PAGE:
The conclusion on these agroforestry experiments, as to the role of simple wind measurements in the redesign of the most suitable protective system, must be considered positive.Although some aspects could have been visibly observed, the quantification with varying wind direction revealed sound details otherwise not detectable.
CASE BOF DRIFTING SAND DAMAGE in desertifying Central Sudan endangering the Gezira irrigation schemeWind blowing sand towards canals and crops protected by a shelterbelt.Suitability of trees for establishment, wind reduction and sand settlement.
In earlier unique experiments on sand establishment/catching due to wind reduction with an irrigated protective Eucalyptus shelterbelt, that we carriedout at Sihaimab between 1985 and 1990, it was shown that in the long run such protective belts had themselves to be protected from sand accumulation. Simple wind equipment had been very useful in these early experiments.
If multiple shelterbelts are not feasible, only corridors of scattered trees and grasses, that are able to reduce wind sufficiently to catch and settle sand, can bring a solution.Wind reduction and sand settlement by trees and grasses, as a function of their biomass distribution, have then to be quantified in situ.
Measurements of wind reduction were done with arrays of cup anemometers at various heightsin front of, behind and at the sides of various tree species and one grass, that had been shown to be sufficiently suitable for establishmentunder limited irrigation in this desertified environment.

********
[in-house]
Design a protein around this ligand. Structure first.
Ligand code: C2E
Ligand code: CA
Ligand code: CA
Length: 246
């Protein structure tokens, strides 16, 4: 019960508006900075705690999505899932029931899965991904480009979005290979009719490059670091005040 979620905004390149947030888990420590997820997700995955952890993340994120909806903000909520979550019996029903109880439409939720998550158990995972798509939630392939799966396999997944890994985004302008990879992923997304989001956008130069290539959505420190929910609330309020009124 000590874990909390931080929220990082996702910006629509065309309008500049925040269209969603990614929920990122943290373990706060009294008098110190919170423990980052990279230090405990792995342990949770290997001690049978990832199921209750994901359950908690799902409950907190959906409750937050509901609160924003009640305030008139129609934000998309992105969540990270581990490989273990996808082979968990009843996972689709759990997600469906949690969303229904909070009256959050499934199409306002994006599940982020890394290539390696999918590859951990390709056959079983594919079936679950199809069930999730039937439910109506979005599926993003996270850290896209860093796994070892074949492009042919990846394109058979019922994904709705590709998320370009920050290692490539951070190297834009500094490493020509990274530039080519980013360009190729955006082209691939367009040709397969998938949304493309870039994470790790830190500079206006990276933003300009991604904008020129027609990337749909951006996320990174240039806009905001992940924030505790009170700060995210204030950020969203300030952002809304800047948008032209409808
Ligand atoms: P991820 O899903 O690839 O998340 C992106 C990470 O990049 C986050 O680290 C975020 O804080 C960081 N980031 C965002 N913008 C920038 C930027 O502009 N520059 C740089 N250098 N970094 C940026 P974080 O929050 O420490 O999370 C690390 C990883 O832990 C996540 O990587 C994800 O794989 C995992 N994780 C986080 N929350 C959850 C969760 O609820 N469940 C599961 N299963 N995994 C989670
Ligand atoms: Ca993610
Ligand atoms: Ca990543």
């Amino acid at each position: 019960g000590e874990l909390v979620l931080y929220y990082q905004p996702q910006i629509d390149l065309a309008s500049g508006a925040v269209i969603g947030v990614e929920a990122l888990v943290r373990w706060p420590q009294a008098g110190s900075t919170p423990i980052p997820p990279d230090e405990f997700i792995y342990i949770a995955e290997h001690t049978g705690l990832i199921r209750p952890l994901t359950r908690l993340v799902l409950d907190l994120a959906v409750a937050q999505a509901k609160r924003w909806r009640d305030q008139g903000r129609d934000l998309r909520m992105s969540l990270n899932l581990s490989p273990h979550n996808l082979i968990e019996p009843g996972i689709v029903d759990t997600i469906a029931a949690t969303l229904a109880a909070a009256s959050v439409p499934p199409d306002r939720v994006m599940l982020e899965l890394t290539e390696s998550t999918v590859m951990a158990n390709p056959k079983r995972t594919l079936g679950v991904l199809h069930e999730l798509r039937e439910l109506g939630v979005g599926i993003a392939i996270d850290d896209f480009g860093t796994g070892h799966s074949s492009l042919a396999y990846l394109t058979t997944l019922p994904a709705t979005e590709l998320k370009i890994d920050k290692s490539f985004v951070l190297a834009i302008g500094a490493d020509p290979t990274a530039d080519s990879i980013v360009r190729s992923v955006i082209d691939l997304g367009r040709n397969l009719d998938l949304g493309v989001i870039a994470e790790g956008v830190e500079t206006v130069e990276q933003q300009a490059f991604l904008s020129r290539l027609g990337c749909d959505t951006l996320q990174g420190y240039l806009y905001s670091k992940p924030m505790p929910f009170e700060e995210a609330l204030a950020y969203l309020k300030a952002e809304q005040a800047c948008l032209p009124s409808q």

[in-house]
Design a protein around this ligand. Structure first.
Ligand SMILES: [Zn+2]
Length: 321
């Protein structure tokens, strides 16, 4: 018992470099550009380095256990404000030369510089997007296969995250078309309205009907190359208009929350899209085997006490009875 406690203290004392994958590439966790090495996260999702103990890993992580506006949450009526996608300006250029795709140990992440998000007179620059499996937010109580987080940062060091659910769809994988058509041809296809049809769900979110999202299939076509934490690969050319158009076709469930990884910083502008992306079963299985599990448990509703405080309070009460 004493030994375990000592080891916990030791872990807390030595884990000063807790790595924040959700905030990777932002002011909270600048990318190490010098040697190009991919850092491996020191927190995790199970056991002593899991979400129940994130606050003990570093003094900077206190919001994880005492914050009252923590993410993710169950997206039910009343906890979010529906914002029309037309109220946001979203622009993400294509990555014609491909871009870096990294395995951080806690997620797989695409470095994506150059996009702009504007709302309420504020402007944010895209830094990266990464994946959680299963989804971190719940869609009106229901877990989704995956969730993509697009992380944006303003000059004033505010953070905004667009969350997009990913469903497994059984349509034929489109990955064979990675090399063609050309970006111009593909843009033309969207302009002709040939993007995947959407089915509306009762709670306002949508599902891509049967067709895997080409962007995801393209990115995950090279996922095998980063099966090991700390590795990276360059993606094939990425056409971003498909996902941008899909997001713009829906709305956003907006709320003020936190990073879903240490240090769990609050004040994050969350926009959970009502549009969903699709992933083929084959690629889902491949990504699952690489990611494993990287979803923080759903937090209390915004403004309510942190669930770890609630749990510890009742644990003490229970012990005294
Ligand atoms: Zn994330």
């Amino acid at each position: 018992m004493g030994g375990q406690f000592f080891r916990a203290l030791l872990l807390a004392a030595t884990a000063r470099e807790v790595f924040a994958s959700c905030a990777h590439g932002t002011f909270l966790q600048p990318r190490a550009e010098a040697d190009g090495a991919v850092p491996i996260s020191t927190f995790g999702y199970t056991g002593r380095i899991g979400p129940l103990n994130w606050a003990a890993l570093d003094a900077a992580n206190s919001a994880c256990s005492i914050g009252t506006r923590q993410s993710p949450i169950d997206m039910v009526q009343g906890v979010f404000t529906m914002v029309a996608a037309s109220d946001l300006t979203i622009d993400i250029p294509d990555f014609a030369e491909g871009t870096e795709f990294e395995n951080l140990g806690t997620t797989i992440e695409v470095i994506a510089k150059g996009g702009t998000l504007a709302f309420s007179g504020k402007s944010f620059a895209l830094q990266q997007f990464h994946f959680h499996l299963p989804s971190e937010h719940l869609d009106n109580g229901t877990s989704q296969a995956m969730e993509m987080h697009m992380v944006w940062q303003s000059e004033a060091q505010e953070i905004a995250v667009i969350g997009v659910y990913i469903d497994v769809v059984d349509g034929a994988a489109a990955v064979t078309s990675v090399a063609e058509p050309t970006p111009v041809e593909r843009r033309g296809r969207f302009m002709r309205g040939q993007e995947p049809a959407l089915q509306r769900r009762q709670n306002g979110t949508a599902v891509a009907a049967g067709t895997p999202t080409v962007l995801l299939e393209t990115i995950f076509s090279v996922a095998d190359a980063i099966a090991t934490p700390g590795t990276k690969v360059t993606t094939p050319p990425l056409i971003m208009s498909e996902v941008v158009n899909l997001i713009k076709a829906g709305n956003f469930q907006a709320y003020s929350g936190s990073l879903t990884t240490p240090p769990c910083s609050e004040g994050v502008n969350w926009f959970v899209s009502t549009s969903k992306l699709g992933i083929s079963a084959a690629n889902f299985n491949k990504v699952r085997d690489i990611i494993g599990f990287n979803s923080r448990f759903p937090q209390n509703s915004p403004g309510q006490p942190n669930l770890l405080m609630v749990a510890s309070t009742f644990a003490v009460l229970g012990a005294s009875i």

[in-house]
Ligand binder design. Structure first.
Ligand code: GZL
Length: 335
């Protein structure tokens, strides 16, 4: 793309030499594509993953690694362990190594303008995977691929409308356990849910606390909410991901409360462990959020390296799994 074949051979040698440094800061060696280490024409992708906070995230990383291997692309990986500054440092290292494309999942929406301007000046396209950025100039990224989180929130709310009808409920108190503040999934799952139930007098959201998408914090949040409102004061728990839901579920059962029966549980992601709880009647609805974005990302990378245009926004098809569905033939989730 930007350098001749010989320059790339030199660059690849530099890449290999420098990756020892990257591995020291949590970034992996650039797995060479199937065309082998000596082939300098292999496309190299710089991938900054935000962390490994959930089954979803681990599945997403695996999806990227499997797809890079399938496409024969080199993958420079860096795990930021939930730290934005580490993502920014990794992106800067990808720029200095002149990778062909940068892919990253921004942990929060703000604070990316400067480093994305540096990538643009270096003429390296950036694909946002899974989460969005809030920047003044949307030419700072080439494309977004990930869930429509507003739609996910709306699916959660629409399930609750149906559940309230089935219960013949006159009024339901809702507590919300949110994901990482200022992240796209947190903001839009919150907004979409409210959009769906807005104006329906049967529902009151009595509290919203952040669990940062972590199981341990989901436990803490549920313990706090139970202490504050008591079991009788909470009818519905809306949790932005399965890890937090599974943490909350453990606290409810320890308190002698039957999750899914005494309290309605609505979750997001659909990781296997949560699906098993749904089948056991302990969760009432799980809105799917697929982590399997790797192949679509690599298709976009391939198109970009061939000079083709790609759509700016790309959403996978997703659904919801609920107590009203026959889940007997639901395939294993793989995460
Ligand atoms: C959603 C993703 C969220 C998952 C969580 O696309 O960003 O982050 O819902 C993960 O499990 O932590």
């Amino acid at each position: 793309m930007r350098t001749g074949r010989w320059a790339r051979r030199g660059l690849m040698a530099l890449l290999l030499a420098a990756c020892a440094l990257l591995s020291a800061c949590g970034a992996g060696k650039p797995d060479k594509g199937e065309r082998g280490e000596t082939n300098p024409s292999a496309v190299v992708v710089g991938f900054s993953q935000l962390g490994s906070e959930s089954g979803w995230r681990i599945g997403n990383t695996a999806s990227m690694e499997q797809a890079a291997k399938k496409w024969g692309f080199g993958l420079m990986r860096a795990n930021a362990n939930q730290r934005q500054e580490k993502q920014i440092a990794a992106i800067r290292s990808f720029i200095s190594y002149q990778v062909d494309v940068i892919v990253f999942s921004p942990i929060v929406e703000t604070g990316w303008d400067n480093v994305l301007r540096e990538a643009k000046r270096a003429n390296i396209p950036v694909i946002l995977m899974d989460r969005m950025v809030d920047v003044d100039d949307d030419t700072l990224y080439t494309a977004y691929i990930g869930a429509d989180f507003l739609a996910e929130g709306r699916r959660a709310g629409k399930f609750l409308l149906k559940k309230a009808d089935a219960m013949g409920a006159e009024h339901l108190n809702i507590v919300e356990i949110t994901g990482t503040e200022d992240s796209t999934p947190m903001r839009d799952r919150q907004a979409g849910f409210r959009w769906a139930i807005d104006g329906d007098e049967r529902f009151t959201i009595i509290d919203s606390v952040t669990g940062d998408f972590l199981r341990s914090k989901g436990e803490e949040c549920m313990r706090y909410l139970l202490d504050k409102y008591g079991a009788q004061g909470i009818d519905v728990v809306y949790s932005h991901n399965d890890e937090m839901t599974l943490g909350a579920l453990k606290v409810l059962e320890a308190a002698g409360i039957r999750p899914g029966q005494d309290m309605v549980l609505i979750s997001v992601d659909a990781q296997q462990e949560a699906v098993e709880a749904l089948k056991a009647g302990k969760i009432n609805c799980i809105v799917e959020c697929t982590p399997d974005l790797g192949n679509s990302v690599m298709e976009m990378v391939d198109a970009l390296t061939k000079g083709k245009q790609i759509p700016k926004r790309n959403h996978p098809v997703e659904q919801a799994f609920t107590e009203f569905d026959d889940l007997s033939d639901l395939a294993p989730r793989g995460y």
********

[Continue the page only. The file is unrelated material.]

The results obtained revealed that medium to high, but not the highest, biomass density closest to the ground, over the largest distance from the tree stem or grass turf center (perpendicular to the wind), and for the largest height, was most efficient for wind reduction and the related sand settlement.
The conclusion on these experiments, as to the value of quantification of simple wind profiles for selection of trees & grasses, is moderately positive.Visual observations of patterns of settled sand already revealed a lot on the efficiency of wind reduction. Quantifying wind revealed more on the influence of the biomass distribution.